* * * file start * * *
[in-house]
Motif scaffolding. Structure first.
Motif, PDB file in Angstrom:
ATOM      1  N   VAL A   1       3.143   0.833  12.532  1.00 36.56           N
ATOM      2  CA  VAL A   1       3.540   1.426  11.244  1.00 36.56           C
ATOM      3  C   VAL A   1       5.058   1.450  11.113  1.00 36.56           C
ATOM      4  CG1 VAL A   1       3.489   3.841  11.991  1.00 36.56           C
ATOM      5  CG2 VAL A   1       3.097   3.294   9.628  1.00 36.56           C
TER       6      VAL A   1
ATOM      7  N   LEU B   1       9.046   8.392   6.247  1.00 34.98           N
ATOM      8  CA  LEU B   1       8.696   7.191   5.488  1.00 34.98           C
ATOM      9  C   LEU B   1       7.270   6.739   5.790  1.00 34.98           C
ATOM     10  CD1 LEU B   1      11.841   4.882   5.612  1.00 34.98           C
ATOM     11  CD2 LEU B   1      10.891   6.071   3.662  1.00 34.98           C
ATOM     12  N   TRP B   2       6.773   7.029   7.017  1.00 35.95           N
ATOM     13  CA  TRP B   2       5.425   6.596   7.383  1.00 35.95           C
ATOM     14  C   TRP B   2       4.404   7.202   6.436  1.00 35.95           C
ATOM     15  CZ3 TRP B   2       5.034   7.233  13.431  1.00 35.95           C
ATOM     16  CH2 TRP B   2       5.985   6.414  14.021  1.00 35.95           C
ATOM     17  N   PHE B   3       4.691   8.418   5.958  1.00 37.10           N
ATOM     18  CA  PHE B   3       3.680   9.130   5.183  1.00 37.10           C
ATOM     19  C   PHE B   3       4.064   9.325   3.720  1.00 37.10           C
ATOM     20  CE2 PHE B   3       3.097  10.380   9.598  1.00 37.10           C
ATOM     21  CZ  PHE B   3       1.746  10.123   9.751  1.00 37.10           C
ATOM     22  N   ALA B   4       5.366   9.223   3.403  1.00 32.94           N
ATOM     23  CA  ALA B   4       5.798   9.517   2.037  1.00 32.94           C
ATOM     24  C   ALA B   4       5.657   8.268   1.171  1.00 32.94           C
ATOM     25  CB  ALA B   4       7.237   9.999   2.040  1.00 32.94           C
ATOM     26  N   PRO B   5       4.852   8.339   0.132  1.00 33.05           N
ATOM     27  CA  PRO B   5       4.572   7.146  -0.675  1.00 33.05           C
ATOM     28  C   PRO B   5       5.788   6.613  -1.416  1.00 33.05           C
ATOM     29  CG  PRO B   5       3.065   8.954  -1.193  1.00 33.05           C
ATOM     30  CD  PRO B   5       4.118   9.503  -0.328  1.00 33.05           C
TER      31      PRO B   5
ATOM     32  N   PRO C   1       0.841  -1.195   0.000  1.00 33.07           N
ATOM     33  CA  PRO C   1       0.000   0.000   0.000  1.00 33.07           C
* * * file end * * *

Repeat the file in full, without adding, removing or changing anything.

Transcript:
[in-house]
Motif scaffolding. Structure first.
Motif, PDB file in Angstrom:
ATOM      1  N   VAL A   1       3.143   0.833  12.532  1.00 36.56           N
ATOM      2  CA  VAL A   1       3.540   1.426  11.244  1.00 36.56           C
ATOM      3  C   VAL A   1       5.058   1.450  11.113  1.00 36.56           C
ATOM      4  CG1 VAL A   1       3.489   3.841  11.991  1.00 36.56           C
ATOM      5  CG2 VAL A   1       3.097   3.294   9.628  1.00 36.56           C
TER       6      VAL A   1
ATOM      7  N   LEU B   1       9.046   8.392   6.247  1.00 34.98           N
ATOM      8  CA  LEU B   1       8.696   7.191   5.488  1.00 34.98           C
ATOM      9  C   LEU B   1       7.270   6.739   5.790  1.00 34.98           C
ATOM     10  CD1 LEU B   1      11.841   4.882   5.612  1.00 34.98           C
ATOM     11  CD2 LEU B   1      10.891   6.071   3.662  1.00 34.98           C
ATOM     12  N   TRP B   2       6.773   7.029   7.017  1.00 35.95           N
ATOM     13  CA  TRP B   2       5.425   6.596   7.383  1.00 35.95           C
ATOM     14  C   TRP B   2       4.404   7.202   6.436  1.00 35.95           C
ATOM     15  CZ3 TRP B   2       5.034   7.233  13.431  1.00 35.95           C
ATOM     16  CH2 TRP B   2       5.985   6.414  14.021  1.00 35.95           C
ATOM     17  N   PHE B   3       4.691   8.418   5.958  1.00 37.10           N
ATOM     18  CA  PHE B   3       3.680   9.130   5.183  1.00 37.10           C
ATOM     19  C   PHE B   3       4.064   9.325   3.720  1.00 37.10           C
ATOM     20  CE2 PHE B   3       3.097  10.380   9.598  1.00 37.10           C
ATOM     21  CZ  PHE B   3       1.746  10.123   9.751  1.00 37.10           C
ATOM     22  N   ALA B   4       5.366   9.223   3.403  1.00 32.94           N
ATOM     23  CA  ALA B   4       5.798   9.517   2.037  1.00 32.94           C
ATOM     24  C   ALA B   4       5.657   8.268   1.171  1.00 32.94           C
ATOM     25  CB  ALA B   4       7.237   9.999   2.040  1.00 32.94           C
ATOM     26  N   PRO B   5       4.852   8.339   0.132  1.00 33.05           N
ATOM     27  CA  PRO B   5       4.572   7.146  -0.675  1.00 33.05           C
ATOM     28  C   PRO B   5       5.788   6.613  -1.416  1.00 33.05           C
ATOM     29  CG  PRO B   5       3.065   8.954  -1.193  1.00 33.05           C
ATOM     30  CD  PRO B   5       4.118   9.503  -0.328  1.00 33.05           C
TER      31      PRO B   5
ATOM     32  N   PRO C   1       0.841  -1.195   0.000  1.00 33.07           N
ATOM     33  CA  PRO C   1       0.000   0.000   0.000  1.00 33.07           C